Numerical Analysis of Wind Noise Transmission through BEV Underbody 2023-01-1119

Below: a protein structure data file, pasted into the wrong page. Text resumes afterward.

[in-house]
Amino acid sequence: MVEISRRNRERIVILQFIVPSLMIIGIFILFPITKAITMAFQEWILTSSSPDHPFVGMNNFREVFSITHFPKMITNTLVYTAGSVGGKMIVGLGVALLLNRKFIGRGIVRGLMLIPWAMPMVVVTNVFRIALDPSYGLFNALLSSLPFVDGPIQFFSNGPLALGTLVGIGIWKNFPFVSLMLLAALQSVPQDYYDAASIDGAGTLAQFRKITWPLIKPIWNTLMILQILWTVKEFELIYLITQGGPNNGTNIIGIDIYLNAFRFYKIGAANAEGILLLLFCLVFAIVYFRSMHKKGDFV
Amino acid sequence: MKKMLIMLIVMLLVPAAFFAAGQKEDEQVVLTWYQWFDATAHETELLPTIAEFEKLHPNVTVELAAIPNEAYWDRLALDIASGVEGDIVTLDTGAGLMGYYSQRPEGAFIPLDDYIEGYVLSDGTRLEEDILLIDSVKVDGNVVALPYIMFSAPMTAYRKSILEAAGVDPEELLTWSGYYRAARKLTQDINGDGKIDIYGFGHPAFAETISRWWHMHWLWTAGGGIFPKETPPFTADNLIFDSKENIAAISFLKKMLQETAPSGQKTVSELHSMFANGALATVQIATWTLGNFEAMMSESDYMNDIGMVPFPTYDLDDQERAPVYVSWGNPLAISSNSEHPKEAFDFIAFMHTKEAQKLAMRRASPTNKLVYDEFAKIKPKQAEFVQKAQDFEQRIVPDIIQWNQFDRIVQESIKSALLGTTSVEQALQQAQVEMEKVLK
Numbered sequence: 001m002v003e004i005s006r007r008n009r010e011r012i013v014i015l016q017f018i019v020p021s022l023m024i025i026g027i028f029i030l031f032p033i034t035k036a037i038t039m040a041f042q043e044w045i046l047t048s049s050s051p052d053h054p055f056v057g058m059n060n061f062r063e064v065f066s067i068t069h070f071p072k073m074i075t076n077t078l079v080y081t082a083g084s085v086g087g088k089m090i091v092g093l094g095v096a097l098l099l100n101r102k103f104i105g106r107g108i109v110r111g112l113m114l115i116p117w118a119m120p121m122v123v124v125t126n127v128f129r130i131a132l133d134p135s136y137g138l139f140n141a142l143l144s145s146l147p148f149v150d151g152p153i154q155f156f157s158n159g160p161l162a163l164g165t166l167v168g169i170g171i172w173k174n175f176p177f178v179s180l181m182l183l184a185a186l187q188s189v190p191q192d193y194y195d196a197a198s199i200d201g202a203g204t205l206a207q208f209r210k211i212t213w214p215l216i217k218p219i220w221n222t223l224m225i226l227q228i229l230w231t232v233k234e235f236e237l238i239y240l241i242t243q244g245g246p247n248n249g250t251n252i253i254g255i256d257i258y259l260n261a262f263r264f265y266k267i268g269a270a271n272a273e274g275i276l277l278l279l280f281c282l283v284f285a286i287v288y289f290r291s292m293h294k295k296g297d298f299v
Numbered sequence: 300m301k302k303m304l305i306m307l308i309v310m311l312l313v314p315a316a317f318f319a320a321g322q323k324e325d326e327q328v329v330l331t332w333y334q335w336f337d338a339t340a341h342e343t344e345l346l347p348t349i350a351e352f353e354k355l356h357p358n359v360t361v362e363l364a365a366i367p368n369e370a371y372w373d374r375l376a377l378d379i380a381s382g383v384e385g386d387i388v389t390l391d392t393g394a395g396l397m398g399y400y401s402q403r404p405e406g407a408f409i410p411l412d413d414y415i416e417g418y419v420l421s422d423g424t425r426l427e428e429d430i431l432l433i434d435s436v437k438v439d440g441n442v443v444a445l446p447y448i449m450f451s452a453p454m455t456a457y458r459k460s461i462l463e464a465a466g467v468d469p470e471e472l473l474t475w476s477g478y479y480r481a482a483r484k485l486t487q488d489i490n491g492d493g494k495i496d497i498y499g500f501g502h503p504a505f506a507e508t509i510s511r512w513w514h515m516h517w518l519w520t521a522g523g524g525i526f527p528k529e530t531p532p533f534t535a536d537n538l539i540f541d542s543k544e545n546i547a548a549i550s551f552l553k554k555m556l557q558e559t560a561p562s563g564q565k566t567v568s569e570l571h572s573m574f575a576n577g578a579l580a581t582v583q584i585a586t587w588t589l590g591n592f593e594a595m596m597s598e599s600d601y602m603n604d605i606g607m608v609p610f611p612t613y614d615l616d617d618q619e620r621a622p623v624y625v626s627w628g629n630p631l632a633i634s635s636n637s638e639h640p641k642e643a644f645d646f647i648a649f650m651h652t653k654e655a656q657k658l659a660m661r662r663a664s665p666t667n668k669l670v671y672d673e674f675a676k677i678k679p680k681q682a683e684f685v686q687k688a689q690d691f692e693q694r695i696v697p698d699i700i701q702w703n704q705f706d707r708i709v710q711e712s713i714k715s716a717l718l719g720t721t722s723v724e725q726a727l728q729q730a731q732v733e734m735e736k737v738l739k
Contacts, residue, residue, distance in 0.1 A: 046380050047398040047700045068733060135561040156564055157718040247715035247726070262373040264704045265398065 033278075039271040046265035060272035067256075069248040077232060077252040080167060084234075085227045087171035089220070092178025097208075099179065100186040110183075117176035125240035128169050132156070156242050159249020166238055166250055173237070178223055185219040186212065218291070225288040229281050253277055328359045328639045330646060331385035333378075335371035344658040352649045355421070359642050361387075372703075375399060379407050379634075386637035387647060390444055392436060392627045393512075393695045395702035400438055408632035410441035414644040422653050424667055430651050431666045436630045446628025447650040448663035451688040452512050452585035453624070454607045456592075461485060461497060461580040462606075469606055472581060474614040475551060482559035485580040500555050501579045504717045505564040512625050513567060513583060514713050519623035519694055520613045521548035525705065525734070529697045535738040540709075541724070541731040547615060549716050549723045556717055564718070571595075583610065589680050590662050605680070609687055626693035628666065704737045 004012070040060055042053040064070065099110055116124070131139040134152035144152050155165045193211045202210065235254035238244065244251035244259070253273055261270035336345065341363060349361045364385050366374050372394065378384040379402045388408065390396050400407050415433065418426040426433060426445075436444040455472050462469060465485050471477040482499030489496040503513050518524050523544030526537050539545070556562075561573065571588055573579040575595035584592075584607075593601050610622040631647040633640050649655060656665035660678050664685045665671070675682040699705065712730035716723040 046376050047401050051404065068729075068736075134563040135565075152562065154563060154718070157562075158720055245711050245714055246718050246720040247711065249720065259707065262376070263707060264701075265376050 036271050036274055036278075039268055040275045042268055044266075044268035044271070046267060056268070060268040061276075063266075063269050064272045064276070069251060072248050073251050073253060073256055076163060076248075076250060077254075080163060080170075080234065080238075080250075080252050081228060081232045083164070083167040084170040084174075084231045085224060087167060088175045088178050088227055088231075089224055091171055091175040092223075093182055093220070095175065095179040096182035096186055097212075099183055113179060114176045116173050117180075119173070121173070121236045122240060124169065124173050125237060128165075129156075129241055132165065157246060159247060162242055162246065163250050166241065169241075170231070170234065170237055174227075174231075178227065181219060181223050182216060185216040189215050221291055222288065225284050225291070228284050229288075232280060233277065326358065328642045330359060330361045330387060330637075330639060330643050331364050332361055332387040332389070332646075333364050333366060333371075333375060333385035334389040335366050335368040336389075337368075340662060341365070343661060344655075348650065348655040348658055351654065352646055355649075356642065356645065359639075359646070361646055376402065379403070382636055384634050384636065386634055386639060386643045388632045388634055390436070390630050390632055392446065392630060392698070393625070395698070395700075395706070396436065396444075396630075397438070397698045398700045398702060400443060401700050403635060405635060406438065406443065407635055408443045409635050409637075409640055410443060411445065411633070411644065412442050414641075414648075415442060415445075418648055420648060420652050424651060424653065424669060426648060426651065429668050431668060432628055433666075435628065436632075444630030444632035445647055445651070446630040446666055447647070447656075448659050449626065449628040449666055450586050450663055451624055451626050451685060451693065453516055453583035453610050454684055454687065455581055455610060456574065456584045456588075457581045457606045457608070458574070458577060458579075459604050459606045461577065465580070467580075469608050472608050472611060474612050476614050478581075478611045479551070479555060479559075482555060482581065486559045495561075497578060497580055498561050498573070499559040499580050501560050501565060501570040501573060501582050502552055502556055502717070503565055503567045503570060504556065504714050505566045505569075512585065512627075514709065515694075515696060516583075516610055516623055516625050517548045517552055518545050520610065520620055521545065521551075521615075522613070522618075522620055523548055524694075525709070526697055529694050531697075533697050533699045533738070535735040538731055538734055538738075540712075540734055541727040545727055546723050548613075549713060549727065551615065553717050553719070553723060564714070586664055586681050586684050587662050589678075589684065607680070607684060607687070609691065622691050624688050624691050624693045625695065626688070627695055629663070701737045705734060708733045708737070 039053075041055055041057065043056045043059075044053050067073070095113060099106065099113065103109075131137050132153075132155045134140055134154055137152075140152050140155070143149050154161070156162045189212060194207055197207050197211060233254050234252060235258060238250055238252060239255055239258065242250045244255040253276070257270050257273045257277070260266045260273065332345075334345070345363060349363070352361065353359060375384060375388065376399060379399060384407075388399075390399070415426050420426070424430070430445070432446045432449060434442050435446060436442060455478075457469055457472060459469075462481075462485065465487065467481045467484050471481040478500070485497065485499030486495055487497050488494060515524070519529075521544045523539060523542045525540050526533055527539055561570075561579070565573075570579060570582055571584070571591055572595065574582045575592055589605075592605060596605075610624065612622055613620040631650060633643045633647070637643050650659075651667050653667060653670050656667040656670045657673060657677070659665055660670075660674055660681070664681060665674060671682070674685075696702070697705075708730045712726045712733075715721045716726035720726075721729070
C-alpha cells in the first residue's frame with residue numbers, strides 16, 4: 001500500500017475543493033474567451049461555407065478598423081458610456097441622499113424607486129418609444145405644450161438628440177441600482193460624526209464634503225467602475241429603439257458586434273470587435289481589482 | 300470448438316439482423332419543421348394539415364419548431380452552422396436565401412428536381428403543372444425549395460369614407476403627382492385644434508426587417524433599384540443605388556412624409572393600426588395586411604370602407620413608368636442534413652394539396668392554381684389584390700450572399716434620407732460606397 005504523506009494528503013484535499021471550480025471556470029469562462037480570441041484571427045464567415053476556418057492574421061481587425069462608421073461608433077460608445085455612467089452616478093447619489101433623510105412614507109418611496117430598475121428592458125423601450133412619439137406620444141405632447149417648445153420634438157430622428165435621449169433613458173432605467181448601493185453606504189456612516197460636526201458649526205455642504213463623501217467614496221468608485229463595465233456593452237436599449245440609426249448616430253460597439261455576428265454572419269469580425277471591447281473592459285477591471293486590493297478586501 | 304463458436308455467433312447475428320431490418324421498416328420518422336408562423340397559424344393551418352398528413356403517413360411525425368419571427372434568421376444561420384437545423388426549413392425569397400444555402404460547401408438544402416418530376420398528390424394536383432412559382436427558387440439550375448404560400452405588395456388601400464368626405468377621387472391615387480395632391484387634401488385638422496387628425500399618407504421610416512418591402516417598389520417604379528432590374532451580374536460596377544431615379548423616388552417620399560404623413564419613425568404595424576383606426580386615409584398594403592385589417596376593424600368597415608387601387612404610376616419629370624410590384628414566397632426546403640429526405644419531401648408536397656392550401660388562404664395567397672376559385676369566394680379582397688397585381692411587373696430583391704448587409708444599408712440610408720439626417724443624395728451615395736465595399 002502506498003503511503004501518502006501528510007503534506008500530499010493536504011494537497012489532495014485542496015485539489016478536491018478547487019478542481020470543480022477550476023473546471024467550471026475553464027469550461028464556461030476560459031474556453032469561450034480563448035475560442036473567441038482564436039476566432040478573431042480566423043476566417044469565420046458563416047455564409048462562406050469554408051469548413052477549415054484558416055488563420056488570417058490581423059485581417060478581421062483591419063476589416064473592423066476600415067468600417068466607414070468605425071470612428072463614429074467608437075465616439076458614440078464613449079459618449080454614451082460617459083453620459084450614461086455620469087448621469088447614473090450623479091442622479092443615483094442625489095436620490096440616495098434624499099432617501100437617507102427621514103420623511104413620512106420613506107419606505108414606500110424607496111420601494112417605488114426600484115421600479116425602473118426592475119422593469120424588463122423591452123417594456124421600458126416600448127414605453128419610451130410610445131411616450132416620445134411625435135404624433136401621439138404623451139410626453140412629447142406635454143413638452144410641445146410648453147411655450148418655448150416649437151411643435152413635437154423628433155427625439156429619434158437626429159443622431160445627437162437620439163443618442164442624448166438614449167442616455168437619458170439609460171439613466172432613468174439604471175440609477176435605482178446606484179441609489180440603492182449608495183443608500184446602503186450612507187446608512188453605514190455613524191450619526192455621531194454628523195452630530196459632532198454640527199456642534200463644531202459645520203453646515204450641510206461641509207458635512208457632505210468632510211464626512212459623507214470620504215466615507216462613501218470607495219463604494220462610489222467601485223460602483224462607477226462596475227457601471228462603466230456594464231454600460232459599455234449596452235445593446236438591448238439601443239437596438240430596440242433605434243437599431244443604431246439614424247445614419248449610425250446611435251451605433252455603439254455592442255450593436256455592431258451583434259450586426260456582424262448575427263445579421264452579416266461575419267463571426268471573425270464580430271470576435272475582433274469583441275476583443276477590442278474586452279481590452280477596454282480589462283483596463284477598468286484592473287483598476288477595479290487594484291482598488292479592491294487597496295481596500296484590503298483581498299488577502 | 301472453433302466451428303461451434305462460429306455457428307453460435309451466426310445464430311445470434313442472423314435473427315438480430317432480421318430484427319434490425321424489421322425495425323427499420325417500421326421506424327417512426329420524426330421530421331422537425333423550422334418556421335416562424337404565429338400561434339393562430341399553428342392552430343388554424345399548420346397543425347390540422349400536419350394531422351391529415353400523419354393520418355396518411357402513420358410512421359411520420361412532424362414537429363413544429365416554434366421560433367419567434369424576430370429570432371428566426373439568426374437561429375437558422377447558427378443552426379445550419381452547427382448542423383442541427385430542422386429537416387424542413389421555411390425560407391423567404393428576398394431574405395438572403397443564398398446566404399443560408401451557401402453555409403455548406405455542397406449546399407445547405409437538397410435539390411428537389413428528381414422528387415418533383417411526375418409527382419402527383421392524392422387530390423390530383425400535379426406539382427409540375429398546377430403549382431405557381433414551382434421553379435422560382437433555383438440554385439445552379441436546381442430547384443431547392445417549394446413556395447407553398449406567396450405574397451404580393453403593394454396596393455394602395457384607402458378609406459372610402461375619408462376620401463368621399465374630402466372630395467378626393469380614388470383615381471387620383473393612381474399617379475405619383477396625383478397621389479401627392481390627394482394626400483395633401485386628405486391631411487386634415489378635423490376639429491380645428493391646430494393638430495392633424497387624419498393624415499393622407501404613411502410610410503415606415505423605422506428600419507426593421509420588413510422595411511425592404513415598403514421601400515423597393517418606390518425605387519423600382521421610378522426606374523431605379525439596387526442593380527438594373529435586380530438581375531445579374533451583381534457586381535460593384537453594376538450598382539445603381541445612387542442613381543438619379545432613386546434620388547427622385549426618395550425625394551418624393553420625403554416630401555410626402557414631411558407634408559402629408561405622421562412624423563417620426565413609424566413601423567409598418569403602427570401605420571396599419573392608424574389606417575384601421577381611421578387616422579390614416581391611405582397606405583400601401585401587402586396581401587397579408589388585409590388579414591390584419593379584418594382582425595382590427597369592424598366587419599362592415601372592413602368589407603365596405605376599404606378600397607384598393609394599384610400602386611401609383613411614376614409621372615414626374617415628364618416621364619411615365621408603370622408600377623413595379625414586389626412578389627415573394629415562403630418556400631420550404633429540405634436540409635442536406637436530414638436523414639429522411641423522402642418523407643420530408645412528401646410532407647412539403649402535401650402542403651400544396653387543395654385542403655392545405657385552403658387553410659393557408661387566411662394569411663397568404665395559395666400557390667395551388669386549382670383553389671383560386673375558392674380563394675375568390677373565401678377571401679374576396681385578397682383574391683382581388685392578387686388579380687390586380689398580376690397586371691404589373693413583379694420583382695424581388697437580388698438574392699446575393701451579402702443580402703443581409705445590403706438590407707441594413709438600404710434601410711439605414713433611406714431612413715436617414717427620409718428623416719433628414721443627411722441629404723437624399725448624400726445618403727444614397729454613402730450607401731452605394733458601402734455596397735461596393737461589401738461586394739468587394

In electrified automobiles, wind noise significantly contributes to the overall noise inside the cabin. In particular, underbody airflow is a dominant noise source at low frequencies (less than 500 Hz). However, the wind noise transmission mechanism through a battery electric vehicle (BEV) underbody is complex because the BEV has a battery under the floor panel. Although various types of underbody structures exist for BEVs, in this study, the focus was on an underbody structure with two surfaces as inputs of wind noise sources: the outer surface exposed to the external underbody flow, such as undercover and suspension, and the floor panel, located above the undercover and battery. In this study, aero-vibro-acoustic simulations were performed to clarify the transmission mechanism of the BEV underbody wind noise. The external flow and acoustic fields were simulated using computational fluid dynamics. The vehicle structural vibration and sound fields of the interior and exterior cabin were analyzed using vibroacoustic models consisting of three subsystems modeled by the finite-element or boundary-element method: The first is an underbody structure finite-element model containing a white body, suspension, battery, and undercover; the second is the interior cabin space boundary-element model; the third is the exterior cabin space finite-element model for analyzing acoustic radiation resulting from vehicle structural vibration for the small space between the floor panel and battery, the motor room and the under-vehicle space between the ground and undercover. The analysis results using the vehicle model reveal that the pressure fluctuations acting on the floor panel are more-dominant inputs for cabin noise than those acting on the outer surface. The pressure fluctuation acting on the floor panel is affected by the acoustic mode of the space between the battery and the floor panel.